Monday, October 7, 2019

Review: Southernmost by Silas House

When you hold a belief so close to the very core of who you are, when it helps define not only you but the community around you, it can be painful to question it, and even more so to change it. In Silas House's latest novel, Southernmost, revivalist minister Asher Sharp's questioning of a foundational piece of himself will finish off his marriage, put him at odds with his community, and drive him to an act of desperation.

After the Supreme Court legalizes same sex marriage, the Cumberland River in Tennessee floods, wreaking devastation and causing loss of life. Asher's congregation sees this as God's judgment for the decision so even after a newly arrived gay couple saves the life of a congregant and his daughter the congregation is unwilling to let go of their belief that homosexuality is wrong. Asher, however, has been having questions about the teachings of his faith for a while and this show of humanity pushes him even further. When he gives a sermon and tries to welcome the men into the community, the sermon goes viral and he is fired from his job. In the face of community-wide disapproval and pushed to desperation by the thought that his wife Lydia, soon to be his ex-wife, will keep their young son Justin from him at all costs, Asher kidnaps the nine-year old and flees to Key West with him, in hopes of finding his long estranged brother Luke, the brother he once disavowed because of Luke's homosexuality.

The novel is one of discovery, of a faith journey in direct opposition to what Asher had always been told was the word of the Lord, of an embracing of love in whatever form it takes,, of finding grace, heartwarming and thoughtful. Change comes to Asher slowly, and once on the road to Florida, this halting change is intermingled with his fears of being found. His perspective changes through the abused dog he and Justin adopt, through witnessing Justin's innocent and trusting faith, and through the unquestioning acceptance of the people surrounding them in Key West. He grapples with the wide gulf between what he has been taught and has taught others as a preacher himself and what he is coming to see is the right way to treat others. As he wrestles with his own spirituality and a personal belief in what is right and what is wrong, he also has to look at his own life, not just disavowing his brother so many years before, but the violence he has perpetrated on his mother-in-law, and the worry and terror his taking of their son must have inflicted on Lydia. The novel is very often an internal one as Asher goes through the scary process of confronting and possibly changing this very basic belief he's long carried. Allowing a faith to evolve is not smooth or easy and there are bumps along the way but they make the whole process and Asher as a character more believable. While most of the chapters are untitled, several scattered throughout the novel are titled "The Everything." These particular chapters encapsulate a lesson or lessons that Asher might already know but needs to be reminded of. They give him a glimpse into what is right and what is in his own heart. The pacing of the novel is slow and contemplative with it taking almost half of the story to even get to the journey to Florida but that measured pace keeps the focus on the internal journey Asher is taking. This is a touching and beautifully written novel that may not change minds but one that shows that when there's love there's always hope.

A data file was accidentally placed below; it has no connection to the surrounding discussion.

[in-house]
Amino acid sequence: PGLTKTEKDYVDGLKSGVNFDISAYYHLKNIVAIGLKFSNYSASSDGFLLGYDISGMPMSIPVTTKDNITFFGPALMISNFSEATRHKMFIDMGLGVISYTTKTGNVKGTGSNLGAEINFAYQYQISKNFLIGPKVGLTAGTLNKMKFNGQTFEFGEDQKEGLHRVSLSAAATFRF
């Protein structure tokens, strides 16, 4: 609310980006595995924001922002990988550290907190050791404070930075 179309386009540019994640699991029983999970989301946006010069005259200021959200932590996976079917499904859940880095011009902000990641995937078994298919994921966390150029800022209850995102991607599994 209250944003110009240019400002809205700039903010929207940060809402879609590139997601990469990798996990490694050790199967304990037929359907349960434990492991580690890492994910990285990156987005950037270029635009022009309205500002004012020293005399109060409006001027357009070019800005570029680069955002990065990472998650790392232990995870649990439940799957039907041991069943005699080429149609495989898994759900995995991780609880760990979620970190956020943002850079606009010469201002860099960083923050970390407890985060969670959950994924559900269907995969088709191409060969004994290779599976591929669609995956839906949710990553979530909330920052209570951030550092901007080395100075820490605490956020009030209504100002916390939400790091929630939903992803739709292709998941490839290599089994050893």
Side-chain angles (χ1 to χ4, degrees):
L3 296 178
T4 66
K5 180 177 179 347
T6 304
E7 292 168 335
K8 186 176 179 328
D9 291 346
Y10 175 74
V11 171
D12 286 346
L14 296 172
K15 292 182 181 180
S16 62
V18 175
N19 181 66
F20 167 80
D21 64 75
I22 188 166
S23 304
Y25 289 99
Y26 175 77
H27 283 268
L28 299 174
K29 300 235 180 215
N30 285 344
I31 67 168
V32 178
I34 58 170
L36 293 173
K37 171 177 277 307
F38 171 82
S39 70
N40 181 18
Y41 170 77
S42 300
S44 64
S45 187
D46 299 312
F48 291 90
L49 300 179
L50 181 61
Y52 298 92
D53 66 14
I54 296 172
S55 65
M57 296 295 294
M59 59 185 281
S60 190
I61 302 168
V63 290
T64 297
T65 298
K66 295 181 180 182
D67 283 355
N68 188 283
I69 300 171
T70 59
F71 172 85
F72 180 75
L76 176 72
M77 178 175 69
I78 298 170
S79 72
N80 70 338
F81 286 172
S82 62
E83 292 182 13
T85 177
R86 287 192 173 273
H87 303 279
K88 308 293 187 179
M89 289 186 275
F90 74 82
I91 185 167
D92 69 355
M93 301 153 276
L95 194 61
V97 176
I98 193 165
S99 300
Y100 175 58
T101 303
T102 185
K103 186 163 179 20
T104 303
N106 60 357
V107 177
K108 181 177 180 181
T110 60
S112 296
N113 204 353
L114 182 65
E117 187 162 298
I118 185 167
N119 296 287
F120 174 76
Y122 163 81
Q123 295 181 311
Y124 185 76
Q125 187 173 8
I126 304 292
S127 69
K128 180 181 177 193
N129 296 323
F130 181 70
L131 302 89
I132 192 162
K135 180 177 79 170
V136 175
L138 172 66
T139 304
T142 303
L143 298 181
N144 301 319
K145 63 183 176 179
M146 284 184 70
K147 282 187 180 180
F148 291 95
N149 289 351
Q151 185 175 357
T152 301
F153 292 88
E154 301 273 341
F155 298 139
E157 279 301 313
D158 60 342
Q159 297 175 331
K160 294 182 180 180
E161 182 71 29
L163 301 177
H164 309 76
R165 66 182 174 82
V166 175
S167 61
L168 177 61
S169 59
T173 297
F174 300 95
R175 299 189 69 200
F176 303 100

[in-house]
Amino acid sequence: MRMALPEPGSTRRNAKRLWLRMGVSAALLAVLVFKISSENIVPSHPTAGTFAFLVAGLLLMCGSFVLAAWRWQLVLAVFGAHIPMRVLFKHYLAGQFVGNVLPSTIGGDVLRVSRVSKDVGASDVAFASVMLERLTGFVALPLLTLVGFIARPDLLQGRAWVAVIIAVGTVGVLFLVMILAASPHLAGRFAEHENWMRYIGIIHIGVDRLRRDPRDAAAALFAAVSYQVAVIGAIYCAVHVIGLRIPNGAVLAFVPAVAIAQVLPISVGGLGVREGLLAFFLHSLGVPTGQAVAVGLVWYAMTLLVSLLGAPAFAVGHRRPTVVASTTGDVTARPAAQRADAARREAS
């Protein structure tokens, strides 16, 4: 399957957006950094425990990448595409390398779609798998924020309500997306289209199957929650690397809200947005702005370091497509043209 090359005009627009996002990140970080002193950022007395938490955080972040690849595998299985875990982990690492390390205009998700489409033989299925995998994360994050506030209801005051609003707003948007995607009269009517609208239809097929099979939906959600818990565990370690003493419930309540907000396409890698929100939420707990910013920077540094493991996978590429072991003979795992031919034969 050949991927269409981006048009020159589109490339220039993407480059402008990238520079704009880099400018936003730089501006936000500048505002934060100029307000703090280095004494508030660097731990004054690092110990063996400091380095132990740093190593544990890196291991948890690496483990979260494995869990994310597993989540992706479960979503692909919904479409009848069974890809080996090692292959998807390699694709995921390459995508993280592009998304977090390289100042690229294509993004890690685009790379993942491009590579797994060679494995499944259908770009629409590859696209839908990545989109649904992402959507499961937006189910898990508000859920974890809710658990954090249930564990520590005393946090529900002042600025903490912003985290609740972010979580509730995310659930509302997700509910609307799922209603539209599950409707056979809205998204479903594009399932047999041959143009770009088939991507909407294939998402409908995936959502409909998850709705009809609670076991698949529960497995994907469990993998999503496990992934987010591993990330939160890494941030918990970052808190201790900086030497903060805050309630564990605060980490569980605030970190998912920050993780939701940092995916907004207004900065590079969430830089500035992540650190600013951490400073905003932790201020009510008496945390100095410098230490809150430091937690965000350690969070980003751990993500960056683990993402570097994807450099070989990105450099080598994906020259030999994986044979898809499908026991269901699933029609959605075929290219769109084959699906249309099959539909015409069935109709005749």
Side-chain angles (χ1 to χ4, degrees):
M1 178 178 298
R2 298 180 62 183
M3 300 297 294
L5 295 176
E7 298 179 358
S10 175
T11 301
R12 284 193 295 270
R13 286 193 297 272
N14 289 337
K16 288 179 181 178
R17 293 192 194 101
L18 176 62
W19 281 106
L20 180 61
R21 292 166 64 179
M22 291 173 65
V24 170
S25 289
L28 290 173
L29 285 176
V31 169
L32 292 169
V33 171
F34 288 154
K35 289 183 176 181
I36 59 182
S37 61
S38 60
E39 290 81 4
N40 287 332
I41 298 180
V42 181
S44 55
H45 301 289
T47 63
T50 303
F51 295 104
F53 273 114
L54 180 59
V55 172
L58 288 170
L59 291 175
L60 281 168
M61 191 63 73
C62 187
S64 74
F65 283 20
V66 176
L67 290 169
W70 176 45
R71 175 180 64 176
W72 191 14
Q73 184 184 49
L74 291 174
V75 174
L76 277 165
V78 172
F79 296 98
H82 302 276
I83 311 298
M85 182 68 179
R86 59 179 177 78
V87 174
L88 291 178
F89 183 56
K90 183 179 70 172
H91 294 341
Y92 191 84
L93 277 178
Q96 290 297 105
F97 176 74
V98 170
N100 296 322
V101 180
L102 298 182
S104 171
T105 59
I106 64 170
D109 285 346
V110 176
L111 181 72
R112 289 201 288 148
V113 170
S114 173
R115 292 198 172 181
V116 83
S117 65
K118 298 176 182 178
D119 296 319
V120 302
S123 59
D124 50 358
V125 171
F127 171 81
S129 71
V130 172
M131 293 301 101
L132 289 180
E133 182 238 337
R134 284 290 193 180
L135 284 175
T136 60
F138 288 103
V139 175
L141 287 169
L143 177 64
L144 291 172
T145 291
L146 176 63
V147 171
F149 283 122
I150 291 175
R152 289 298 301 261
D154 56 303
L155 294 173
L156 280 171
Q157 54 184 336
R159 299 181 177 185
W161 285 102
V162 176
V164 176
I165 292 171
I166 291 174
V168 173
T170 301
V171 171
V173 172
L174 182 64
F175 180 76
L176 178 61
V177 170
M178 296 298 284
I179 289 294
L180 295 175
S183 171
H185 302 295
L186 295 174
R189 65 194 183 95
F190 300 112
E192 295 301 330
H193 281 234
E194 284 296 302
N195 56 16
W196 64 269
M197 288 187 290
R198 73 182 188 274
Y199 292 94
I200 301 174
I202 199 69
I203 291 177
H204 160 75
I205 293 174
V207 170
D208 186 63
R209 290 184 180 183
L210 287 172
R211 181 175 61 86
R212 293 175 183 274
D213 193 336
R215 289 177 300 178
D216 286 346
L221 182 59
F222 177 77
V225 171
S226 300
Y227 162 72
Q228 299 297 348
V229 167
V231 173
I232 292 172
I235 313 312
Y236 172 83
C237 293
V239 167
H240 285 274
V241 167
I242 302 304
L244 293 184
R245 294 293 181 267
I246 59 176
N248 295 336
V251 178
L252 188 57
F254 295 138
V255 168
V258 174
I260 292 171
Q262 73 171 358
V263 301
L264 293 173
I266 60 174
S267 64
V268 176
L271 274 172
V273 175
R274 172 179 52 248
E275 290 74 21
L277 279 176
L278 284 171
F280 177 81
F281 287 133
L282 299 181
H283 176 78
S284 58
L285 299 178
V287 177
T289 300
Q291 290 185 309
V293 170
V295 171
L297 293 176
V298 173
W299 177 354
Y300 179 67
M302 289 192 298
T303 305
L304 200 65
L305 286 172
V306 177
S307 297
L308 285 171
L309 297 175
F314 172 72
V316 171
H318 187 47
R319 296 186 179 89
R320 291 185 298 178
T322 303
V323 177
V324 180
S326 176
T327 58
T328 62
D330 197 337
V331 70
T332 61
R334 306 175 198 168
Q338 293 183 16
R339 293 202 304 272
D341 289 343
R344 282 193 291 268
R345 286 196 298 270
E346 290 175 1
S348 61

This novel is a Women's National Book Association Great Group Read for 2019.

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